MAPA expects rice production will rise 0.5% per year over the next decade until reaching 12.6 mln tonnes in 2026/27. Consequently, Brazilian authorities now expect rice imports to decline at a faster rate to 731,000 tonnes, instead of last year’s predicted drop to 1.05 mln tonnes by 2025/26.
Now let’s move onto soft commodities; what is MAPA’s general outlook for sugar and coffee over the next 10 years?
Well, overall Brazil’s sugar output is predicted to rise 2.8% per year in the period between 2016/17 and 2026/27, until reaching a new high of 50.44 million tonnes, according to MAPA’s new mid-term forecasts. So overall, this new production level will represent a 30.3% increase over the 38.70 million tonnes of sugar that are expected to be produced in the season of 2016/17.
As for coffee, both output and exports are set to continue growing; production by 33.6% until reaching 63 mln sacks in 2026/27 and exports by 24.4% over the next ten years until reaching 47 million sacks (60 kilos).
What are the concerns surrounding coffee production outlooks?
Well, climate change is a huge factor, as well as it is for other crops. Coffee production in Brazil tended to have a biannual cycle in terms of production volumes between 2002 and 2013, with one year of higher production volumes followed by one-year of lower harvests.
However, recent years of drought has led to yearly drops in output. Drier conditions could also impact coffee growing going forward, reducing the acreage suitable for coffee growing by half in the next three decades according to MAPA.
And finally, what lies ahead for the world’s leading sugar producer in the face of lower prices?
Well, the sugar sector has suffered from lower yields as a result of lower investments in the sugar-alcohol complex and adverse climate conditions for sugar cane production. This combined with lower sugar prices have caused the bankruptcy or deactivation of many sugar refineries, but many of these factors could be reverted during the forecast period, according to MAPA.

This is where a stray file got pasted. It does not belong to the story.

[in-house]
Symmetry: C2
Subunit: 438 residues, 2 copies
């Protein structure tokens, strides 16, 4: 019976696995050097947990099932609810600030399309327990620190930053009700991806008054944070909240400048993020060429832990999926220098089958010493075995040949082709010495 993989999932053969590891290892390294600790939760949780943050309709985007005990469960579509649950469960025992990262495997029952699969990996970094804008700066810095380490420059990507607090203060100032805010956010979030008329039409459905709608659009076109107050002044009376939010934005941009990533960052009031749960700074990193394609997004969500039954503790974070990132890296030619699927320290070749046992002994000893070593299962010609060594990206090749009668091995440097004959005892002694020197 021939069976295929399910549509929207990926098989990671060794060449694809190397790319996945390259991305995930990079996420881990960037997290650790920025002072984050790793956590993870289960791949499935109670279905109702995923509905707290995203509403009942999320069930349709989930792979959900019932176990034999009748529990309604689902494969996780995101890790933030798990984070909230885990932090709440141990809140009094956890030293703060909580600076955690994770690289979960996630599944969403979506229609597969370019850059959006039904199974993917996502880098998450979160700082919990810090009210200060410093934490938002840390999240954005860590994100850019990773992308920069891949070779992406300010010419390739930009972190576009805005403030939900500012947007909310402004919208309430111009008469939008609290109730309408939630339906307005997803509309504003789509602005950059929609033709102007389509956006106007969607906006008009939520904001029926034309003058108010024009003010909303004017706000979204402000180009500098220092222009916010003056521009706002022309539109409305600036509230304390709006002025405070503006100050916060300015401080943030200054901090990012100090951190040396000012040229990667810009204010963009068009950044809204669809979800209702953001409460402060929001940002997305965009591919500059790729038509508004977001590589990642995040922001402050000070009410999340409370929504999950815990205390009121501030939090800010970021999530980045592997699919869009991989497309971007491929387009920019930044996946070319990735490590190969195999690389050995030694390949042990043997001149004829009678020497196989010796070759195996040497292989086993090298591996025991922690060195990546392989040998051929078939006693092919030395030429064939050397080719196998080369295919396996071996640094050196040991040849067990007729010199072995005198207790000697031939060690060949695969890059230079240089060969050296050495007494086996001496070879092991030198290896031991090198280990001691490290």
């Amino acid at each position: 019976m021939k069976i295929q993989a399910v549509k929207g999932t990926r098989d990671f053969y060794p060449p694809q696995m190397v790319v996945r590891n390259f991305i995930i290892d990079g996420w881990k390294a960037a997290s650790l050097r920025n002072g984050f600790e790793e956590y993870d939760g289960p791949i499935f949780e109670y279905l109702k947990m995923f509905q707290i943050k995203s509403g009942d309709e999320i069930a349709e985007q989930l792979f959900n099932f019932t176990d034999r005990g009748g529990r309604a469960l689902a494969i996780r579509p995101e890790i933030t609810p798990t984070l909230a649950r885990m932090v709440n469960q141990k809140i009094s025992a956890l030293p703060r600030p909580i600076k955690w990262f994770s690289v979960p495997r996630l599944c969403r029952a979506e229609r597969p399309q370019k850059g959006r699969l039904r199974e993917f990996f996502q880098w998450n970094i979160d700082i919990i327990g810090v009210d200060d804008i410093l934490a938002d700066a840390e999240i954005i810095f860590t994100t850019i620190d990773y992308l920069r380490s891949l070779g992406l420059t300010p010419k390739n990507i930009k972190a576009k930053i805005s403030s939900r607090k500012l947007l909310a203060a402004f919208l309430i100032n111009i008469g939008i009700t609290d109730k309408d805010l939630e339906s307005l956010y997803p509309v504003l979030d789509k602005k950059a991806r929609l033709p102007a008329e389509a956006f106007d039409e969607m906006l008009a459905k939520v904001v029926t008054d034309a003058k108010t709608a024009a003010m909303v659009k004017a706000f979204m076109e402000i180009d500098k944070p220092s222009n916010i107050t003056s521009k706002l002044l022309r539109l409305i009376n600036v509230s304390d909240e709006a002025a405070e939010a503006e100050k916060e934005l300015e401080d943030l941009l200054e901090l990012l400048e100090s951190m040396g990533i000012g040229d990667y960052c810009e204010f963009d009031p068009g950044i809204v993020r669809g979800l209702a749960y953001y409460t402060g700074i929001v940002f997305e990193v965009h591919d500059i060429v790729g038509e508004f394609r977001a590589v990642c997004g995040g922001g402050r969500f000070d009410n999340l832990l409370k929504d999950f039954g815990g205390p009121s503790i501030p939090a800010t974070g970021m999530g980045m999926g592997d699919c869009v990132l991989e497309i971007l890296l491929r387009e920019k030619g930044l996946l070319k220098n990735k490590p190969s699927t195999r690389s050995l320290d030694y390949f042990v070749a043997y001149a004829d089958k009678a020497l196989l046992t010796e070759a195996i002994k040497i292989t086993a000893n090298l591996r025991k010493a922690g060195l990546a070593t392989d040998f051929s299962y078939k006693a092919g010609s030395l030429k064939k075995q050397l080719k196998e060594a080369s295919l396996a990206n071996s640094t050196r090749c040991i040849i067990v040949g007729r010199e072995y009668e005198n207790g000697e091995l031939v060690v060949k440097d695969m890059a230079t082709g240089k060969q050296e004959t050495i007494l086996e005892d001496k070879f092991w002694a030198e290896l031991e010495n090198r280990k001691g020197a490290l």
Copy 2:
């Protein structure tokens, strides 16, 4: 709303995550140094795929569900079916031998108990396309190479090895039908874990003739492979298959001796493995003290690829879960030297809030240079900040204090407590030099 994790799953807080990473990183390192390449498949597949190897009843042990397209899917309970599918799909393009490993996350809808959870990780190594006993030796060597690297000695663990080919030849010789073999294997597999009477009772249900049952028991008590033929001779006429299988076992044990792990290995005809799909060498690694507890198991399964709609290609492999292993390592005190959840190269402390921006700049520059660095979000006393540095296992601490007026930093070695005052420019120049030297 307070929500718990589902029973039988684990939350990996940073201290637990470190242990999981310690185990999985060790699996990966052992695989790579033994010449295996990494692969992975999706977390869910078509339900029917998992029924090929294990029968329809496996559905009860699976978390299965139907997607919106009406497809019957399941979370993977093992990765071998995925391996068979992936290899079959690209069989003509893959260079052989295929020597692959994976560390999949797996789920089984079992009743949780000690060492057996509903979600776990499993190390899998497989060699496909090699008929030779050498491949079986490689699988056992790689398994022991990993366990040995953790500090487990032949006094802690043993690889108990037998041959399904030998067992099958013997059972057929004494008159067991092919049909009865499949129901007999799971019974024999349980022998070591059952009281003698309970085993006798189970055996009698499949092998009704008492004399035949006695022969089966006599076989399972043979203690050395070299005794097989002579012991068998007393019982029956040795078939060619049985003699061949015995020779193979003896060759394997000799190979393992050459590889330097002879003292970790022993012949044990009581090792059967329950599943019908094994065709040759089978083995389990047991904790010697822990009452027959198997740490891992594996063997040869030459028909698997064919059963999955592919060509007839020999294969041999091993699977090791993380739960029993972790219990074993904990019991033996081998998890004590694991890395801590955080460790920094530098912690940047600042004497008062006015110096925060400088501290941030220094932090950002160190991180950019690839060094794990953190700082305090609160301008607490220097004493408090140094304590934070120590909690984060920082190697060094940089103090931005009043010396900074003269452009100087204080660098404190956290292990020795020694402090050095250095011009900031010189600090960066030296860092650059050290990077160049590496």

However, in the current situation when sugar prices are falling, the tendency is for production to be channelled towards ethanol. This possibility of directing raw material for production of sugar or ethanol, depending on the market conditions, makes forecasting harder, MAPA has indicated.
So, all in all, while all of Brazil’s major crops are set to continue growing over the next 10 years; for sure climatic and economic elements are still clearly going to play their part and likely impact the trajectory of its agri-products. The country has recently coined the term “Brasil alimentado o mundo”, translates as “Brazil feeding the world”, this certainly still rings true and is likely to continue to do so in the years to come, despite the obstacles.
Thank you, Sandra, for this insightful discussion.
Throughout the month of August, IEG Vu will be publishing a series of 3 x 10 year outlooks from Brazil’s Ministry of Agriculture - looking at sugar, coffee and grains. These will be available for all IEG Vu subscribers in the respective channel areas at ieg-vu.com. If you’re not a subscriber, visit ieg-vu.com/info to request your free trial of the service and to find out more.